The brain is now powered mostly on ketones. This is a normal situation. This is the way our body is designed. This should not be confused with diabetic ketoacidosis where excessive ketones are produced in addition to very high glucose levels.
In that situation, there is lots of glucose for the brain to use. However, due to the pathologic lack of insulin, the body also produces lots of ketones. The ketones are not burned for fuel, but instead pile up outside, like unused logs.
As ketone requirements go up, glucose requirements goes down. In type 1 diabetes, both are very high and this causes a life-threatening problem.
Here’s a question I get sometimes. Can my overweight child fast? Seven hells, no. Here’s a graphical description of why. Children simply may not be able to produce adequate amounts of ketones. Even if they could, I sure as hell would not want to take that risk.
In fact, every major religion in the world requires fasting – but ONLY for adults.
In a more recent study of 4 days of fasting, virtually identical results were found. Let’s take a closer look
There are many interesting details here. First, you will notice that fatty acids increase 373%. Blood glucose drops from 4.9 to 3.5 – lower but still in the normal range, maintained by hepatic gluconeogenesis. Beta hydroxybutyrate increases 2527% percent! The brain is powered on ketones and the body is powered on fat. That’s the mythical fat burning – Burn, Baby, Burn!
Second, you can see that over 4 days of fasting, there is a continuous increase in norepinephrine, while epinephrine remains relatively stable. The increase in adrenalin increases energy and prevents the decrease in resting energy expenditure (REE) or metabolism. REE increases more than 10%. There is no metabolic shut-down. Fasting instead revs the body’s metabolism. VO2 also increases slightly indicating a greater capacity of the body for physical exertion.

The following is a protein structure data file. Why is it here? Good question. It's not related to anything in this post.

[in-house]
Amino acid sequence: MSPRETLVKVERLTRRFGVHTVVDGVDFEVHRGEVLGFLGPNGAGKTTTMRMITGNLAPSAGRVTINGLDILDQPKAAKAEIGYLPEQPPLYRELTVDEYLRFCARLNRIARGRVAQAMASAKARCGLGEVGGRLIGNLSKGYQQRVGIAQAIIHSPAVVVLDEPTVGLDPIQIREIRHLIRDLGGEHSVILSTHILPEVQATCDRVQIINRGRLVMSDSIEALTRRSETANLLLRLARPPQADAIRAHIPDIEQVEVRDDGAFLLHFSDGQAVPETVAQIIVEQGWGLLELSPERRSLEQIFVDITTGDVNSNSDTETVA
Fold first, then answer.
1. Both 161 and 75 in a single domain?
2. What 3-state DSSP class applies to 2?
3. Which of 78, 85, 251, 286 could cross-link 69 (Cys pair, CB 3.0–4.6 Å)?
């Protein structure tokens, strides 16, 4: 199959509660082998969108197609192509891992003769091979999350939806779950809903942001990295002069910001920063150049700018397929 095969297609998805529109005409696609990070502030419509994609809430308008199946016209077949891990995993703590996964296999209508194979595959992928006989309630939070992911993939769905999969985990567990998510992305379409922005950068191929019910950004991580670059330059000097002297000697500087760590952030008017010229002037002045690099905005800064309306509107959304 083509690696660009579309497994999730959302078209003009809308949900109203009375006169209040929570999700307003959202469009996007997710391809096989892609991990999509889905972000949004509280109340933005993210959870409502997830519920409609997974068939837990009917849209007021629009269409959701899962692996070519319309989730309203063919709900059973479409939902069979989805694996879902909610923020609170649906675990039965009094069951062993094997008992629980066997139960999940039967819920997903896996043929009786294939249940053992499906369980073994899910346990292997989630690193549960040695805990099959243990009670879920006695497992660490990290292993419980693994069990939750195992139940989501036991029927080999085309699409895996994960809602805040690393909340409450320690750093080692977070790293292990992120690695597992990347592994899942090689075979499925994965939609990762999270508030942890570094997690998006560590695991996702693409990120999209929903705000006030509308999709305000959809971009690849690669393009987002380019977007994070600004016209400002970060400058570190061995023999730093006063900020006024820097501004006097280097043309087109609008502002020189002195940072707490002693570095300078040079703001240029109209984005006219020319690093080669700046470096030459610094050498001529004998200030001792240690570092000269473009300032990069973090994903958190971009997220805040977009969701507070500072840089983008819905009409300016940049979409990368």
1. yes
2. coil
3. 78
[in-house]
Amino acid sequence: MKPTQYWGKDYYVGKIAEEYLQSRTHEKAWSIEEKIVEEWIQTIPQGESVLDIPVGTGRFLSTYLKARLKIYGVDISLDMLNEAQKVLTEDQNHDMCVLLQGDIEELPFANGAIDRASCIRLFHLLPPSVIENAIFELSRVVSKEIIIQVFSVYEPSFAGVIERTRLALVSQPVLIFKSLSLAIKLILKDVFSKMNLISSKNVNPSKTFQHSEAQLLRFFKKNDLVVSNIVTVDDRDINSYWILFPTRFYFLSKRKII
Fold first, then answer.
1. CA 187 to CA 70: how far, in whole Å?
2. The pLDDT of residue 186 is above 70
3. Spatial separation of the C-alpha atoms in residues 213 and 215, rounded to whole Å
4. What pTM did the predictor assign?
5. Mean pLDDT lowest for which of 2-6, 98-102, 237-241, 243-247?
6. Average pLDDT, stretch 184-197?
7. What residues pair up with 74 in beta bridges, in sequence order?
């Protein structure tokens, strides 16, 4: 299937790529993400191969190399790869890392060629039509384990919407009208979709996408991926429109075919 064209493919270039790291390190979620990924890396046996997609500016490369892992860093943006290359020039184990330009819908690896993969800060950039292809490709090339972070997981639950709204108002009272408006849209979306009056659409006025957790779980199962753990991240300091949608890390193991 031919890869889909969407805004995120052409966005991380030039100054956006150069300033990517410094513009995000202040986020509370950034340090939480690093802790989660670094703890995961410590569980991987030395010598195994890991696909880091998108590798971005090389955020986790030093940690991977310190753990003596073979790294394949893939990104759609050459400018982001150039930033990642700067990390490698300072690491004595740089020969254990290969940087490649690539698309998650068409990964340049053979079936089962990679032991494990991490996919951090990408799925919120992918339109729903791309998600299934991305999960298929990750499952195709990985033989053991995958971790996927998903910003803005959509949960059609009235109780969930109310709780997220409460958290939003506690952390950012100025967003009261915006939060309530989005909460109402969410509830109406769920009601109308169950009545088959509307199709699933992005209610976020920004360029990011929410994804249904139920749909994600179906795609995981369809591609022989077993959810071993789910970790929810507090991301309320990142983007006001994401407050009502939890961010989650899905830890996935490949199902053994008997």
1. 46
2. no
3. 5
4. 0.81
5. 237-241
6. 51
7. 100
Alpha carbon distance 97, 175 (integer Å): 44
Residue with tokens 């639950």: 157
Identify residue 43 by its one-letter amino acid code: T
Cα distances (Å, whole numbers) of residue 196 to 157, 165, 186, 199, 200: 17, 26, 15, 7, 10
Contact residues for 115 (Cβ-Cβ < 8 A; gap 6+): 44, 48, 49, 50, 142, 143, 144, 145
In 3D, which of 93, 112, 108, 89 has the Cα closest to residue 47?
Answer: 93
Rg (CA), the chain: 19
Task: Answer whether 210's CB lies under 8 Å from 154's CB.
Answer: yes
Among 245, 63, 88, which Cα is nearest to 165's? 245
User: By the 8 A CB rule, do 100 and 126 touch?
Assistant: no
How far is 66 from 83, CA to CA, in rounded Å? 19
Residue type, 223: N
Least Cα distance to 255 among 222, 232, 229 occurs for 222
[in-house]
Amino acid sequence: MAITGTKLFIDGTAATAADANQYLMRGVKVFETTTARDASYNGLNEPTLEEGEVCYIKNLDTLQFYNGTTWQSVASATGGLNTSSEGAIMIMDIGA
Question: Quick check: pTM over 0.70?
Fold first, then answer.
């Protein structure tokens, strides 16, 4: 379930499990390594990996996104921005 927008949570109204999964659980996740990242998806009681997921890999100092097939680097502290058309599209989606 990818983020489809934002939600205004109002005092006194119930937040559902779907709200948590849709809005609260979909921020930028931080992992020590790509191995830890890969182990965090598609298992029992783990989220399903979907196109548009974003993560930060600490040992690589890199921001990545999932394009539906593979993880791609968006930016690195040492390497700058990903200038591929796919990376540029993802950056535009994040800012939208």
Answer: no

So here’s a summary so far of what fasting does for the elite athlete, or even the regular person.
1. Train harder – Increased adrenalin, increased VO2
2. Recover faster and build muscle faster – Increased growth hormone.
3. Burn fat – increased fatty acid oxidation.
4. Insulin goes down. This we will consider in more detail later.
This is all available to every person in the entire world, free of charge. Not only do you NOT have to buy expensive supplements. You will save money because you don’t need to buy food. You will save time because you don’t need to cook or clean up.
The surprising answer is that fasting is extremely healthy. There are a huge number of incredible benefits to fasting. Train harder, build muscle, burn fat. Love it! All legal and totally free! Sounds like a cheesy late night infomercial. Call in the next 10 minutes or I’ll double the price! Read this post today, or I’ll triple the price! (Okay, well this blog is free, too)
This is only the beginning – we haven’t even touched on the benefits to obesity, diabetes, cancer, and even the anti-aging effects.
Start with Fasting Part I
Continue to Fasting part 5
Start with Calories Part I
Watch the lecture “The Fast Solution” – The Aetiology of Obesity 4/6
By The Fasting Method
For many health reasons, losing weight is important. It can improve your blood sugars, blood pressure and metabolic health, lowering your risk of heart disease, stroke and cancer. But it’s not easy. That’s where we can help.
By Jason Fung, MD
Jason Fung, M.D., is a Toronto-based nephrologist (kidney specialist) and a world leading expert in intermittent fasting and low-carb diets.